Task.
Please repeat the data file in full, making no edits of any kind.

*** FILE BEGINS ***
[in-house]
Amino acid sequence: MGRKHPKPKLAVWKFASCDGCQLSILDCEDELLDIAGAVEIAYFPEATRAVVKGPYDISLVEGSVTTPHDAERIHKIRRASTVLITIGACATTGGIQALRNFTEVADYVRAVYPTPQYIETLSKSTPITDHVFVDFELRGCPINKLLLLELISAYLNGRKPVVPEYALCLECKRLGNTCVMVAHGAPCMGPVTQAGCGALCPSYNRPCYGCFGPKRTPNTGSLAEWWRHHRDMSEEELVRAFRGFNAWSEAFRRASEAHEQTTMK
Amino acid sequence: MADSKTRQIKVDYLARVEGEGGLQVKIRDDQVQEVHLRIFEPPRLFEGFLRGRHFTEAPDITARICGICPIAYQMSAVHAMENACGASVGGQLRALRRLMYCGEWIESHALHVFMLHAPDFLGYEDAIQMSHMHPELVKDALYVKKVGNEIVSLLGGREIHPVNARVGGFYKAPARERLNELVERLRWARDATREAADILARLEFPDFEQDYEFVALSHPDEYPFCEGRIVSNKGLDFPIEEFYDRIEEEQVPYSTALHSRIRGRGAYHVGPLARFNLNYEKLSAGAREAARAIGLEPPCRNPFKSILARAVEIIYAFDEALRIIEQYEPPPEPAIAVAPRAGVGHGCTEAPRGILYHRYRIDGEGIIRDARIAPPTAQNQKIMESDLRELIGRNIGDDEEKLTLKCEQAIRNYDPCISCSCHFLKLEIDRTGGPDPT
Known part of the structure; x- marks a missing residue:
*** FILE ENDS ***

[in-house]
Amino acid sequence: MGRKHPKPKLAVWKFASCDGCQLSILDCEDELLDIAGAVEIAYFPEATRAVVKGPYDISLVEGSVTTPHDAERIHKIRRASTVLITIGACATTGGIQALRNFTEVADYVRAVYPTPQYIETLSKSTPITDHVFVDFELRGCPINKLLLLELISAYLNGRKPVVPEYALCLECKRLGNTCVMVAHGAPCMGPVTQAGCGALCPSYNRPCYGCFGPKRTPNTGSLAEWWRHHRDMSEEELVRAFRGFNAWSEAFRRASEAHEQTTMK
Amino acid sequence: MADSKTRQIKVDYLARVEGEGGLQVKIRDDQVQEVHLRIFEPPRLFEGFLRGRHFTEAPDITARICGICPIAYQMSAVHAMENACGASVGGQLRALRRLMYCGEWIESHALHVFMLHAPDFLGYEDAIQMSHMHPELVKDALYVKKVGNEIVSLLGGREIHPVNARVGGFYKAPARERLNELVERLRWARDATREAADILARLEFPDFEQDYEFVALSHPDEYPFCEGRIVSNKGLDFPIEEFYDRIEEEQVPYSTALHSRIRGRGAYHVGPLARFNLNYEKLSAGAREAARAIGLEPPCRNPFKSILARAVEIIYAFDEALRIIEQYEPPPEPAIAVAPRAGVGHGCTEAPRGILYHRYRIDGEGIIRDARIAPPTAQNQKIMESDLRELIGRNIGDDEEKLTLKCEQAIRNYDPCISCSCHFLKLEIDRTGGPDPT
Known part of the structure; x- marks a missing residue: